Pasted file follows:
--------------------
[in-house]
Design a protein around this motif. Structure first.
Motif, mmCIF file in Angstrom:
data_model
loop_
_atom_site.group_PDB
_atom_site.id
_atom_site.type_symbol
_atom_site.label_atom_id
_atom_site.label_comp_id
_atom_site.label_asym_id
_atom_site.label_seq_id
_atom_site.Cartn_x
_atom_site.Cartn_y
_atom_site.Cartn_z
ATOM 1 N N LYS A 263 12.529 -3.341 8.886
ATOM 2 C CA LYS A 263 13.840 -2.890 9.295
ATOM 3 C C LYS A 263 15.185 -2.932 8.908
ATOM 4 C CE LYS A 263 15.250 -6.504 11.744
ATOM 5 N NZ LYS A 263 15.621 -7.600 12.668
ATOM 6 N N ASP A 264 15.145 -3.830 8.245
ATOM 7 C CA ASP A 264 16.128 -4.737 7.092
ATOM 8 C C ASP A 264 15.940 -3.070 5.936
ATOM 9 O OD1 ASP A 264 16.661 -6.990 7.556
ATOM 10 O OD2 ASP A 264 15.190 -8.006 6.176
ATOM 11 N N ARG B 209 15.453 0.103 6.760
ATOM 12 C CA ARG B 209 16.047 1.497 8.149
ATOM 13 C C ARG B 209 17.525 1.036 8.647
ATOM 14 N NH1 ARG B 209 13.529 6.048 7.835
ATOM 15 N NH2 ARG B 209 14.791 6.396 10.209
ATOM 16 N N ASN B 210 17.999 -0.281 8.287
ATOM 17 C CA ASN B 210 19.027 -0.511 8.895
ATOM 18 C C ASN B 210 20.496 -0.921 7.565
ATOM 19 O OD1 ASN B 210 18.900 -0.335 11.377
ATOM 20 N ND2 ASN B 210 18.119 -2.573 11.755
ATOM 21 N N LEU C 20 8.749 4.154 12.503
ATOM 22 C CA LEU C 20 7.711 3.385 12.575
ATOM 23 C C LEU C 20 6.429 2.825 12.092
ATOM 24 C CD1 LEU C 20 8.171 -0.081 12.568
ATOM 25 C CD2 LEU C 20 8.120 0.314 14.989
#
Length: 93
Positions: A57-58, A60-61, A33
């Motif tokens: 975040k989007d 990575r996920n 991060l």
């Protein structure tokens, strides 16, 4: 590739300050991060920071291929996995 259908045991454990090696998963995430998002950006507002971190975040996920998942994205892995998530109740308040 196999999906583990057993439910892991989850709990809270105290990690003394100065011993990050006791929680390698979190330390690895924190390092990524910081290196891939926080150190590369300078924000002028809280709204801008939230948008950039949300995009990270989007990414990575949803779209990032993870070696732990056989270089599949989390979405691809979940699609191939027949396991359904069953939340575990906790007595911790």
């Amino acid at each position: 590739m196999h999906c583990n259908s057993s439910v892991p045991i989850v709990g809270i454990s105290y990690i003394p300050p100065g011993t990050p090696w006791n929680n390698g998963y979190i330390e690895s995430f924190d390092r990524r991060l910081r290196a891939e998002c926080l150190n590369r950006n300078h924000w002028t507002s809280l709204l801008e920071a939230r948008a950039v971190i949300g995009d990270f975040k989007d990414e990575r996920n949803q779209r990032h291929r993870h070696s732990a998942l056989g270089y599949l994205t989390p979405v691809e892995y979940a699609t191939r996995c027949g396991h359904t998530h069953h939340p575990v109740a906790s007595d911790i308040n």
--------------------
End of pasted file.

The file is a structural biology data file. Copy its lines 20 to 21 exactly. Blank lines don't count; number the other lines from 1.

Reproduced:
ATOM 5 N NZ LYS A 263 15.621 -7.600 12.668
ATOM 6 N N ASP A 264 15.145 -3.830 8.245